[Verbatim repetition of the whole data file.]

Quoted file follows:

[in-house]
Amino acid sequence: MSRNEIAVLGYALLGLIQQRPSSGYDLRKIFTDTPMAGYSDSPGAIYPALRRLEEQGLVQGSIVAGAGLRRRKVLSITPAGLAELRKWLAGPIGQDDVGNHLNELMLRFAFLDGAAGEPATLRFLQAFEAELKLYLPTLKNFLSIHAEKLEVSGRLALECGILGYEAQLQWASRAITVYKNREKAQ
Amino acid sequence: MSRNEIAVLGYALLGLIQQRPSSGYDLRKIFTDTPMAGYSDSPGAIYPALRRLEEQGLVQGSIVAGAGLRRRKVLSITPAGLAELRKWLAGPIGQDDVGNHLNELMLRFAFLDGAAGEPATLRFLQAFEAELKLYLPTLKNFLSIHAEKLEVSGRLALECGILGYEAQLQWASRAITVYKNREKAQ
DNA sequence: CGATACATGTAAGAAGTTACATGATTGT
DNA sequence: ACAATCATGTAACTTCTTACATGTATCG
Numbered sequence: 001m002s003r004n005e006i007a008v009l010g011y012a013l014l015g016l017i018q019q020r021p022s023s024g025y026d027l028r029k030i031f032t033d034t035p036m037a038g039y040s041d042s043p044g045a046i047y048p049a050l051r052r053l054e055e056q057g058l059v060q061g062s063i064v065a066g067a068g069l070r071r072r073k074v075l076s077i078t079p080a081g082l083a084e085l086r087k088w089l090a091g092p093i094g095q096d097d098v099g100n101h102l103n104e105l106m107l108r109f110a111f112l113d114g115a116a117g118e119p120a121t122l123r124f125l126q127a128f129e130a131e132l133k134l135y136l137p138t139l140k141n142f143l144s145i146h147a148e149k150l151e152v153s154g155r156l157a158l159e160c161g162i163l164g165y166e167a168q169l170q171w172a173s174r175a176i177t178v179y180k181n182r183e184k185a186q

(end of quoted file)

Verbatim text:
[in-house]
Amino acid sequence: MSRNEIAVLGYALLGLIQQRPSSGYDLRKIFTDTPMAGYSDSPGAIYPALRRLEEQGLVQGSIVAGAGLRRRKVLSITPAGLAELRKWLAGPIGQDDVGNHLNELMLRFAFLDGAAGEPATLRFLQAFEAELKLYLPTLKNFLSIHAEKLEVSGRLALECGILGYEAQLQWASRAITVYKNREKAQ
Amino acid sequence: MSRNEIAVLGYALLGLIQQRPSSGYDLRKIFTDTPMAGYSDSPGAIYPALRRLEEQGLVQGSIVAGAGLRRRKVLSITPAGLAELRKWLAGPIGQDDVGNHLNELMLRFAFLDGAAGEPATLRFLQAFEAELKLYLPTLKNFLSIHAEKLEVSGRLALECGILGYEAQLQWASRAITVYKNREKAQ
DNA sequence: CGATACATGTAAGAAGTTACATGATTGT
DNA sequence: ACAATCATGTAACTTCTTACATGTATCG
Numbered sequence: 001m002s003r004n005e006i007a008v009l010g011y012a013l014l015g016l017i018q019q020r021p022s023s024g025y026d027l028r029k030i031f032t033d034t035p036m037a038g039y040s041d042s043p044g045a046i047y048p049a050l051r052r053l054e055e056q057g058l059v060q061g062s063i064v065a066g067a068g069l070r071r072r073k074v075l076s077i078t079p080a081g082l083a084e085l086r087k088w089l090a091g092p093i094g095q096d097d098v099g100n101h102l103n104e105l106m107l108r109f110a111f112l113d114g115a116a117g118e119p120a121t122l123r124f125l126q127a128f129e130a131e132l133k134l135y136l137p138t139l140k141n142f143l144s145i146h147a148e149k150l151e152v153s154g155r156l157a158l159e160c161g162i163l164g165y166e167a168q169l170q171w172a173s174r175a176i177t178v179y180k181n182r183e184k185a186q